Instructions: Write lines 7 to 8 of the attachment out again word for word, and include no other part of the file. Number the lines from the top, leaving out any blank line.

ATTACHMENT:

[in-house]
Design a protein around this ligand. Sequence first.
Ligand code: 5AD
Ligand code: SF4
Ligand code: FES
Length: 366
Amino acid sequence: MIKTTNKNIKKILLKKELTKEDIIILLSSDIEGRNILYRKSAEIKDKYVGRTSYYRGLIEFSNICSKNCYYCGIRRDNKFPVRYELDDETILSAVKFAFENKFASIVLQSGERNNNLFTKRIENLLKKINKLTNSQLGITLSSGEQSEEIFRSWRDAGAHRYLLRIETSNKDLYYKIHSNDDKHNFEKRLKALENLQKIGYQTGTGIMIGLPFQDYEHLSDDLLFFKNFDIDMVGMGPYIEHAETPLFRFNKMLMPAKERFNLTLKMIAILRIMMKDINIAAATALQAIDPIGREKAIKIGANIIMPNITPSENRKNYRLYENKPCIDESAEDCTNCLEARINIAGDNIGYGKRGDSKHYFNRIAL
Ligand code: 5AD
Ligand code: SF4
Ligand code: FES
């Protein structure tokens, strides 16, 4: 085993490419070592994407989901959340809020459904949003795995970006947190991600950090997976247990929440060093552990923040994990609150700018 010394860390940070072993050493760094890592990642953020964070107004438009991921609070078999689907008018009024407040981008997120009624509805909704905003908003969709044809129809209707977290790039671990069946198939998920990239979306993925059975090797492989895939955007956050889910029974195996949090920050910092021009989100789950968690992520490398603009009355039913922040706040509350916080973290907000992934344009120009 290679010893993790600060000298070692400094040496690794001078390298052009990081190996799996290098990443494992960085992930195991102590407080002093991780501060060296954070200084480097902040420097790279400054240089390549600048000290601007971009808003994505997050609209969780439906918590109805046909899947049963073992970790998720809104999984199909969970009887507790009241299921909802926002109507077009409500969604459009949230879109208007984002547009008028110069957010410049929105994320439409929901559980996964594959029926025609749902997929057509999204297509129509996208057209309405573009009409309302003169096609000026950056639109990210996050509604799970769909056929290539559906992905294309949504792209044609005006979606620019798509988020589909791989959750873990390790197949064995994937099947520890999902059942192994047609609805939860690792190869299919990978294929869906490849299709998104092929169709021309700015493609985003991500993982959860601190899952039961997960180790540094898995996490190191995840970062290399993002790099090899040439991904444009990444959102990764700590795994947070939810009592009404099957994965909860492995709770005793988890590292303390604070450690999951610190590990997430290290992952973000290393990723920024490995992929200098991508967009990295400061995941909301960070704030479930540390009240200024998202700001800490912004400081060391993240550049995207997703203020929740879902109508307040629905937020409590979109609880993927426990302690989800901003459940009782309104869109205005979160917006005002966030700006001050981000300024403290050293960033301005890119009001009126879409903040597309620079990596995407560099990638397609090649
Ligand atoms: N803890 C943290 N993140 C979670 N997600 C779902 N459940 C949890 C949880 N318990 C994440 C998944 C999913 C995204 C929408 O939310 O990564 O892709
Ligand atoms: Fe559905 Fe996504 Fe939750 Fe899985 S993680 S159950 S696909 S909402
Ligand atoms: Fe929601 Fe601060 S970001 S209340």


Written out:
Amino acid sequence: MIKTTNKNIKKILLKKELTKEDIIILLSSDIEGRNILYRKSAEIKDKYVGRTSYYRGLIEFSNICSKNCYYCGIRRDNKFPVRYELDDETILSAVKFAFENKFASIVLQSGERNNNLFTKRIENLLKKINKLTNSQLGITLSSGEQSEEIFRSWRDAGAHRYLLRIETSNKDLYYKIHSNDDKHNFEKRLKALENLQKIGYQTGTGIMIGLPFQDYEHLSDDLLFFKNFDIDMVGMGPYIEHAETPLFRFNKMLMPAKERFNLTLKMIAILRIMMKDINIAAATALQAIDPIGREKAIKIGANIIMPNITPSENRKNYRLYENKPCIDESAEDCTNCLEARINIAGDNIGYGKRGDSKHYFNRIAL
Ligand code: 5AD